But, during this rite, there's a moment which can sometimes take on dramatic heights for the person who experiences it. It's when every "brother' and "sister" has to say, in front of the whole community and the catechists, what his personal cross is. This moment is marked by very powerful emotions because to make one's cross known -often confessing with tears and with great internal resistance- has a cathartic and liberating effect. Many people will lie at this point because they are ashamed or embarrassed. It's the first powerful stage in the Way and many people quit. But the catechists reassure the ones who stay, "not everybody gets asked to be salt and light. The Lord has invited you." 

An apparently stronger "I" is thus created. One takes on an identity of the saved one who's a bit special -to be the one who is called on a mission for the church that not everyone is given the chance to be called for. Subtly, the strait jacket begins to tighten. It tightens even more for those people who have an "I" that's weak and without much grounding. These people, after a few years, are unable to find anything outside the Way nor anybody other than his "brothers and sisters" in his community. 

One year after the first scrutiny, in general, one faces the "shemŕ" (listen Israel). Here they drive home the idea that a sign is necessary and that would be doing away with valuables. But the real turning point comes with the second scrutiny when the Precatechumen must make some big, serious decisions about his or her life in regards to being called to be the salt and light. The conviction that salvation lies only in the Way is emphasized even more; outside the Way one would be outside the Church. Often the catechists repeatedly tell the ones who have tried to quit that, "outside the Way you'll be with the dead because this is the road the Lord has chosen for you."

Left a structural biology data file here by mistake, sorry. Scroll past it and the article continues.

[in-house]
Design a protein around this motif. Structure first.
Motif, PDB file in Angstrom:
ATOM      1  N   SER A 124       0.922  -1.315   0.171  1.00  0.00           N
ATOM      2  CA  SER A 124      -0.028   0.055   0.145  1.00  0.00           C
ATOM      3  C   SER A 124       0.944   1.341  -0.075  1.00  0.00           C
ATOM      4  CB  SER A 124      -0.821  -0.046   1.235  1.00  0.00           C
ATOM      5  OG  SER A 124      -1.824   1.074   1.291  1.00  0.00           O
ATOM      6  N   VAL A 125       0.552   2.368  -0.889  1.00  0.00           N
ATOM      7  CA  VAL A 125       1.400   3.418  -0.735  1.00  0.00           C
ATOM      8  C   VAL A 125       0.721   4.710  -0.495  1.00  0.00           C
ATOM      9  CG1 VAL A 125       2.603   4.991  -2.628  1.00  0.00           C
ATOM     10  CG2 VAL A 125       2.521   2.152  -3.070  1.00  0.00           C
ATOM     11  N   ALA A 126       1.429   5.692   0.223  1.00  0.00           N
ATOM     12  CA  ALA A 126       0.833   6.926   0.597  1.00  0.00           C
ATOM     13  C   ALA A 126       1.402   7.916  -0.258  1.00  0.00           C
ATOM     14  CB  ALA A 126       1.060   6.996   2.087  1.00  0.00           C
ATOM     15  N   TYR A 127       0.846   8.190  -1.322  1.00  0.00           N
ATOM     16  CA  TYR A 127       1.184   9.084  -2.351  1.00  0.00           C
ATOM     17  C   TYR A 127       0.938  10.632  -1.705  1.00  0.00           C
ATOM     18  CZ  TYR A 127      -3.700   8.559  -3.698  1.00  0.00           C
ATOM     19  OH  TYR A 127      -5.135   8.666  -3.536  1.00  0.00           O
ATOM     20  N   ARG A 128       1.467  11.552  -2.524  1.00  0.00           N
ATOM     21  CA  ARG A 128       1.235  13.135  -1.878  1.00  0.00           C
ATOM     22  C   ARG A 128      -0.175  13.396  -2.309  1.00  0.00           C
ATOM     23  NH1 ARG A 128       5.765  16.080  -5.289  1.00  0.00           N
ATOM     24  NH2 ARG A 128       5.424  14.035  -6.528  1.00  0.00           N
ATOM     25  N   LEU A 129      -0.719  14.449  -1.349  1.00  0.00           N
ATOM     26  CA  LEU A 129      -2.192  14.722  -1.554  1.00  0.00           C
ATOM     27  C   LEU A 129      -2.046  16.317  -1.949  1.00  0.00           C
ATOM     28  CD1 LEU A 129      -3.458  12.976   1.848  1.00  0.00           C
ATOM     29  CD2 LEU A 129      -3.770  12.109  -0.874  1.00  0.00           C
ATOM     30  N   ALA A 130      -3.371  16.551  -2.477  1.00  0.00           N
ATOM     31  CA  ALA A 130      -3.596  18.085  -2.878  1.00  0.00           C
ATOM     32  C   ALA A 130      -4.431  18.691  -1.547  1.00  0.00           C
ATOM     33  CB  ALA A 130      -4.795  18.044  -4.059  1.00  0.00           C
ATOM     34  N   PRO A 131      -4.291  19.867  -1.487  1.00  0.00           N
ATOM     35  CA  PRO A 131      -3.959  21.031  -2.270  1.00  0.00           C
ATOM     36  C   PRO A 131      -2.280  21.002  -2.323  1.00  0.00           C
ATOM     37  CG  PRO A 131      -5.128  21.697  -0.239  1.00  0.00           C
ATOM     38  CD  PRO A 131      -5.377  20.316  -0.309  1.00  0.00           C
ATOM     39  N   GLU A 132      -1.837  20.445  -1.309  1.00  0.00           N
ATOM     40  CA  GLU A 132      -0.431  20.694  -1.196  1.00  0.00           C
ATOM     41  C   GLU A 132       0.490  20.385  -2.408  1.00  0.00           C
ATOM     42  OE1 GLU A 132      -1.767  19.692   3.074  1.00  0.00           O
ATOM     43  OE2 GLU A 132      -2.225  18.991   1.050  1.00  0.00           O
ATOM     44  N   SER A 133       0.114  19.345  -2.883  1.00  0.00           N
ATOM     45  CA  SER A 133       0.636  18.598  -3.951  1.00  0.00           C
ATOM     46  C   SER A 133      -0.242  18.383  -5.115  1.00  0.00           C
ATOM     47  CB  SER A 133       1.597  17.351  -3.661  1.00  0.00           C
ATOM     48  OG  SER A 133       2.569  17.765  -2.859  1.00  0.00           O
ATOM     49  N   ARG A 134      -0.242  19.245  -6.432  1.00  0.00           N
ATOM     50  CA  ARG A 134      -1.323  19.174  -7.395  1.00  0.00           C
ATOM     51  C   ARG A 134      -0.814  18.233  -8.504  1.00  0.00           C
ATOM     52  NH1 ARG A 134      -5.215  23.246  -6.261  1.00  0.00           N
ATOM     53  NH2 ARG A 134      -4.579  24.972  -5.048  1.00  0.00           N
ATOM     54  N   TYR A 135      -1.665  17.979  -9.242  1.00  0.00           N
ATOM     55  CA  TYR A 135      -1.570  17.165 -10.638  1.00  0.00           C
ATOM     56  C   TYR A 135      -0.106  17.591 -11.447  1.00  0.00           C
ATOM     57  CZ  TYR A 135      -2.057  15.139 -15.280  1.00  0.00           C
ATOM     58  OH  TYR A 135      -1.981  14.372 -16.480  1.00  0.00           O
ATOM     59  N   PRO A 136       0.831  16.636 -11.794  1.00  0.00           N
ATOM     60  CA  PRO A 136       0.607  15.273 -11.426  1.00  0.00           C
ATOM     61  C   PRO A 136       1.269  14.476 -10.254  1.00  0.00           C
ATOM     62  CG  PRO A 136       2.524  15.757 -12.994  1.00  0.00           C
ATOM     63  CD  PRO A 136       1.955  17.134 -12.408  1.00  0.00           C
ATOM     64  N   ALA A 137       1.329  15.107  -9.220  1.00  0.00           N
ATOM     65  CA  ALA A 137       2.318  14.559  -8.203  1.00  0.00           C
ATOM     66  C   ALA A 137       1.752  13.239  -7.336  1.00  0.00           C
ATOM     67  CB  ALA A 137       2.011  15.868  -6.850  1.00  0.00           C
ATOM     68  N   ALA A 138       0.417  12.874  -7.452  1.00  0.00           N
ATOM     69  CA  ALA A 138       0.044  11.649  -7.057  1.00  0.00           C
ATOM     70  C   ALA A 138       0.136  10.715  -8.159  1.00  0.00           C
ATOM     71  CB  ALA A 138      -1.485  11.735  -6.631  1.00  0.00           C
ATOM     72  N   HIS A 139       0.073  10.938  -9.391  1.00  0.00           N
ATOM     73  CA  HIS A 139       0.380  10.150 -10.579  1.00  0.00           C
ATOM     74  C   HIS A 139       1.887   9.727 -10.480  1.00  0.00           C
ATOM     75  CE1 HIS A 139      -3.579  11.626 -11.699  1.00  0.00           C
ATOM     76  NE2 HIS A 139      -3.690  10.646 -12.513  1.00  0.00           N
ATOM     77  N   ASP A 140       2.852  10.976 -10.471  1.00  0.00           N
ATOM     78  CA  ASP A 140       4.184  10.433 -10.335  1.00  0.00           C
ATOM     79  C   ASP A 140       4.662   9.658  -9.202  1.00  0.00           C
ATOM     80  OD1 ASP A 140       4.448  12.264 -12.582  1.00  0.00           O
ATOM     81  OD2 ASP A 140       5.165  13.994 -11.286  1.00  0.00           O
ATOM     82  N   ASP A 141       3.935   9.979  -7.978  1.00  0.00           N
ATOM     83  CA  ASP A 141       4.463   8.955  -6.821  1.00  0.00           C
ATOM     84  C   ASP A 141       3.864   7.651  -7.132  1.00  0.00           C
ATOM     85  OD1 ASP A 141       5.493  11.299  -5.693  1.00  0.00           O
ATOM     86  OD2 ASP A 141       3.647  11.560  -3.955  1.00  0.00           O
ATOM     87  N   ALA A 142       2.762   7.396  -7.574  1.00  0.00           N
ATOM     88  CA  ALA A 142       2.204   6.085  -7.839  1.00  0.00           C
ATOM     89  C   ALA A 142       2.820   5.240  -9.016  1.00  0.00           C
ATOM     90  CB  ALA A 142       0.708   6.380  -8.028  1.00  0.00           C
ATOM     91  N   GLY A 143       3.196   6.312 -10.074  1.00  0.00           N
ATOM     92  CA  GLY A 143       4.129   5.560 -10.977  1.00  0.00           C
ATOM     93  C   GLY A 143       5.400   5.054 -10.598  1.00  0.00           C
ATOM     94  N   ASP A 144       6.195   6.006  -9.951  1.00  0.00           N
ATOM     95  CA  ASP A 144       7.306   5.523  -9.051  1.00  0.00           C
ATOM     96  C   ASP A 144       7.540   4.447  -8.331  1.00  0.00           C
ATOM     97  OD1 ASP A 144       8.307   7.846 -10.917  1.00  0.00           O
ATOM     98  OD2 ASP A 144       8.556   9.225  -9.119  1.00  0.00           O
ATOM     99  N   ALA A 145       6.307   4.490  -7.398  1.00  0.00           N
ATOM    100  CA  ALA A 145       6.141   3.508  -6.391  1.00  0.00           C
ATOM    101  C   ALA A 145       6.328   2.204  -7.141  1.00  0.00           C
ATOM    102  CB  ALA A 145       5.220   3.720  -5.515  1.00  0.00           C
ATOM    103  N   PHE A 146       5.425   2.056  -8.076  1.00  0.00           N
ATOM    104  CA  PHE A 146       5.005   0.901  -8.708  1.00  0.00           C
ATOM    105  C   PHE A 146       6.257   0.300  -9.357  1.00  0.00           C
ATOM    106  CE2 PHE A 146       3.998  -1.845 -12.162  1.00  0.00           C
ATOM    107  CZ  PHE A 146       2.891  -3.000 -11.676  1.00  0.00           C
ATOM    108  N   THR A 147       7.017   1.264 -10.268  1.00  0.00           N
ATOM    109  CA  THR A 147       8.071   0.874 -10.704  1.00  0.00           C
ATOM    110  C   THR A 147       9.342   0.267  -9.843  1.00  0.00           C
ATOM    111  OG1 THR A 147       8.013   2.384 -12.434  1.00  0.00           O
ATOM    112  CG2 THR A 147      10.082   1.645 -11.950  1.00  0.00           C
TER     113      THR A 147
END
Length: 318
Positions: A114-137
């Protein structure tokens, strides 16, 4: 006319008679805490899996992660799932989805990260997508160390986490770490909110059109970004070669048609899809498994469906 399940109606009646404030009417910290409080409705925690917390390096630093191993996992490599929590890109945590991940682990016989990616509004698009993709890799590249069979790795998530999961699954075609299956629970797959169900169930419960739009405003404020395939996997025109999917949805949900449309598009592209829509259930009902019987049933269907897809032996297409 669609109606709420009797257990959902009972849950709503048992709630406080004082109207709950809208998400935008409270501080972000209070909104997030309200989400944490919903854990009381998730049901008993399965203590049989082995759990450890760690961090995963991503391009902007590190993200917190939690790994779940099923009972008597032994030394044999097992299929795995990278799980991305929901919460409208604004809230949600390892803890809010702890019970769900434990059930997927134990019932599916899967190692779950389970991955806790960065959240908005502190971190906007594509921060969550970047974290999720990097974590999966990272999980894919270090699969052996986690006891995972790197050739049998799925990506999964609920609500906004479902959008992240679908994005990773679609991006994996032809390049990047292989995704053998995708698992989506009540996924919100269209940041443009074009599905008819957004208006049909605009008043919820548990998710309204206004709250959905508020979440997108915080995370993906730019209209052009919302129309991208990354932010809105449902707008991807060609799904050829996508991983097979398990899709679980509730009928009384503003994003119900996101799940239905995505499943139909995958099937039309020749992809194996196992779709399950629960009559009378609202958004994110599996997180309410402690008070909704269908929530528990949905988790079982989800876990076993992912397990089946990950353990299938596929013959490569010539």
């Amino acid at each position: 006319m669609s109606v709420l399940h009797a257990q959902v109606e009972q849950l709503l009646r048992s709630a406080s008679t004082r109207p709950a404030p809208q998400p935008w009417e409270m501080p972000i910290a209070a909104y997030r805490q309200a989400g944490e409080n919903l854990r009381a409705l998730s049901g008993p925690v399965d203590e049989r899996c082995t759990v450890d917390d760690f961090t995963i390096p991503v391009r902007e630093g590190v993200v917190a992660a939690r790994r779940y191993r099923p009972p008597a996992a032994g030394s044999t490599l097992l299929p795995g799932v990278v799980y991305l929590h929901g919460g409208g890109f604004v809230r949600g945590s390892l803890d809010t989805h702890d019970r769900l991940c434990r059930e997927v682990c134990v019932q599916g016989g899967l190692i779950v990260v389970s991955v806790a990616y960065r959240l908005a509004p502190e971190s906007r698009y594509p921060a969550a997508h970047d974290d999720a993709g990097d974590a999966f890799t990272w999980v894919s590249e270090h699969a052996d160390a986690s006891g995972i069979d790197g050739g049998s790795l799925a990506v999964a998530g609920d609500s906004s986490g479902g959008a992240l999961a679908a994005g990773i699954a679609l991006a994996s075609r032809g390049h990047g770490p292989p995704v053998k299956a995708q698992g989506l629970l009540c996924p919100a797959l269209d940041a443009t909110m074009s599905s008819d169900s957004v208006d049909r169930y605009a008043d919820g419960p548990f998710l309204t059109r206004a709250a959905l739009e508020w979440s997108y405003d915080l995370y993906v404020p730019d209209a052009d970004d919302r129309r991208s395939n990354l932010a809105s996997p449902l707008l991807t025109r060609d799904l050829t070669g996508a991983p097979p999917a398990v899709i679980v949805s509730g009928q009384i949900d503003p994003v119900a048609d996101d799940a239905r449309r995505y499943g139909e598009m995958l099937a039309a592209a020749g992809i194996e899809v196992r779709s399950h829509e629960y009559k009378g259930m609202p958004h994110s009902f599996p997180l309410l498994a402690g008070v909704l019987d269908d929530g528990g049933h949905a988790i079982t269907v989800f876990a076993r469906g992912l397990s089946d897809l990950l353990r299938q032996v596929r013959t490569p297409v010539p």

Similar notions are repeated at other occasions and for other reasons. On page 20 of "The Orientations for the Catechist Teams for the Second Baptismal Scrutiny" (one of the "holy texts" of the Neocatechumenal Way) Kiko Arguello states, "I saw a parish priest who spent his whole life battling against us and who hated us. It only took one night when he was struck with a tachycardia strong enough that he started taking his life seriously and he completely changed." Therefore, for Mr. Arguello, that priest had to have a providential tachycardia in order to accept the Way! Many stories like this one are frequently told among the people in the community and especially by the catechists So, this influences the people even more to see the Way as the only, or at least, the best that the church has to offer.